They went in; and while the sleek, well-tied parcels of "Men's Beavers" and "York Tan" were bringing down and displaying on the counter, he said - "But I beg your pardon, Miss Woodhouse, you were speaking to me, you were saying something at the very moment of this burst of my amor patria e. Do not let me lose it. I assure you the utmost stretch of public fame would not make me amends for the loss of any happiness in private life."
    "I merely asked, whether you had known much of Miss Fairfax and her party at Weymouth."
The old harbour, Weymouth - Olympic sailing
    "And now that I understand your question, I must pronounce it to be a very unfair one. It is always the lady's right to decide on the degree of acquaintance. Miss Fairfax must already have given her account. I shall not commit myself by claiming more than she may chuse to allow."
    "Upon my word! you answer as discreetly as she could do herself. But her account of every thing leaves so much to be guessed, she is so very reserved, so very unwilling to give the least information about any body, that I really think you may say what you like of your acquaintance with her."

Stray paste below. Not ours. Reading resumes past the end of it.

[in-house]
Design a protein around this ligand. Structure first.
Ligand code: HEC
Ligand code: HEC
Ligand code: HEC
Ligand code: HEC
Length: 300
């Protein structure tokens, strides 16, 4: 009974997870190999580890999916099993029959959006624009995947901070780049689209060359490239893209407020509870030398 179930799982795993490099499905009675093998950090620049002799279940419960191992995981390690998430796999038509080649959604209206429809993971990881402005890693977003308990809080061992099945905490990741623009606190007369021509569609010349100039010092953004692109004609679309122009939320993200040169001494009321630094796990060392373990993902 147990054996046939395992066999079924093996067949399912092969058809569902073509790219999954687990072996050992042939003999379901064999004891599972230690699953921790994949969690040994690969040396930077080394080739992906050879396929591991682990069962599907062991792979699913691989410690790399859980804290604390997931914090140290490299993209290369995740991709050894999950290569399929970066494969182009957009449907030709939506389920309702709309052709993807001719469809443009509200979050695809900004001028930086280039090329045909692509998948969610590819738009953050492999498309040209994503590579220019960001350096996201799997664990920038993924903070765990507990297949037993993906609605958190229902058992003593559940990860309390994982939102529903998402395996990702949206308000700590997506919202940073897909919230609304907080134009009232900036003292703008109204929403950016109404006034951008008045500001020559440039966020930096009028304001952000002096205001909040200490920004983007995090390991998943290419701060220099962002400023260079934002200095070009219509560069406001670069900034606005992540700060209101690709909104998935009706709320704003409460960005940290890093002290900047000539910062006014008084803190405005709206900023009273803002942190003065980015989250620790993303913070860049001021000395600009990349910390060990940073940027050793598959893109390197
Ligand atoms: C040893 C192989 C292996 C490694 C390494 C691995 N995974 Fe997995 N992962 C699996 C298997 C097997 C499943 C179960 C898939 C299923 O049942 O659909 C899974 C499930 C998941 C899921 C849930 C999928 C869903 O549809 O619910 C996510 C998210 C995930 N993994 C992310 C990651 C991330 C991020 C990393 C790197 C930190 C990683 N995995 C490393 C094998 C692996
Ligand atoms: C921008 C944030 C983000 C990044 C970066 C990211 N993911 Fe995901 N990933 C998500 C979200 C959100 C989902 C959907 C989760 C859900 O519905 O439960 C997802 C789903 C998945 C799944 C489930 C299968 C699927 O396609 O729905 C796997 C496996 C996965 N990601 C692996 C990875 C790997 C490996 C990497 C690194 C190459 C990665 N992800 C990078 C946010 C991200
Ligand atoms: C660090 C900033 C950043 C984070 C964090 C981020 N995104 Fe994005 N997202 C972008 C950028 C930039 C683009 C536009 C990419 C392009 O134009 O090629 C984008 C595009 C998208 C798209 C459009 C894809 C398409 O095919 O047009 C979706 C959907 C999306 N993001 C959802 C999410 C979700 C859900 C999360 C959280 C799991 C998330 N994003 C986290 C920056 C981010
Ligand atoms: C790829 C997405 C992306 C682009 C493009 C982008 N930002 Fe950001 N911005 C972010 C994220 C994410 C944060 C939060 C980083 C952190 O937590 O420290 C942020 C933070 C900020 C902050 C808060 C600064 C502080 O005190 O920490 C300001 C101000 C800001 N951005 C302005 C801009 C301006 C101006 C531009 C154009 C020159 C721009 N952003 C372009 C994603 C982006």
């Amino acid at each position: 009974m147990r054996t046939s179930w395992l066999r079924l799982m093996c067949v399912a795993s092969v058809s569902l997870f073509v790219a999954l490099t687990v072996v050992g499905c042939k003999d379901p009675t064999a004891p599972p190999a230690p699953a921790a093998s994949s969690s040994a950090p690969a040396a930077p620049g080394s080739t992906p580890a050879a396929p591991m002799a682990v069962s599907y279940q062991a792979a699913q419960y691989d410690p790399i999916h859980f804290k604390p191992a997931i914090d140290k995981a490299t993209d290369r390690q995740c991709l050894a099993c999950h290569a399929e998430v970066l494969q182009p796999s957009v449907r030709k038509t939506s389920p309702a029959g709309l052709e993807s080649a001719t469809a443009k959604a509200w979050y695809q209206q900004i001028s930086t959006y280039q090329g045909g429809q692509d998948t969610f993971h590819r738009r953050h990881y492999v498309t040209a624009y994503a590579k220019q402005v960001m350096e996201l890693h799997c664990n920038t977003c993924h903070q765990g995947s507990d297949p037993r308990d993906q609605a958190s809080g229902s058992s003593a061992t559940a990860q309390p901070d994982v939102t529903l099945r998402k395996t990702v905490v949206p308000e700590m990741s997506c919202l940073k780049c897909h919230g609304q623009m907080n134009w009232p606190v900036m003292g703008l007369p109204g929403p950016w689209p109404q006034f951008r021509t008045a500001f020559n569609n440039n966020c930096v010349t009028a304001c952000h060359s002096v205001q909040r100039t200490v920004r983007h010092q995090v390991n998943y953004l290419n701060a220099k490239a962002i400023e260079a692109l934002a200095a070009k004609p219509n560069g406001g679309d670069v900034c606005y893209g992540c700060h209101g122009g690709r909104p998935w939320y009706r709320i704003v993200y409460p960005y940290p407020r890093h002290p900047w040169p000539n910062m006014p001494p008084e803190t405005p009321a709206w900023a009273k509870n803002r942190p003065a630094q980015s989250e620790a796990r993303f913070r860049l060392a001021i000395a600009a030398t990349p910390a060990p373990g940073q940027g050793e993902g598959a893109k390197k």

"May I indeed? Then I will speak the truth, and nothing suits me so well. I met her frequently at Weymouth. I had known the Campbells a little in town; and at Weymouth we were very much in the same set. Col. Campbell is a very agreeable man, and Mrs. Campbell a friendly, warm-hearted woman. I like them all."
Weymouth shopping street

In Sense and Sensibility, Elinor asks about Willoughby's character and receives this reply from Mrs Palmer who mentions Weymouth.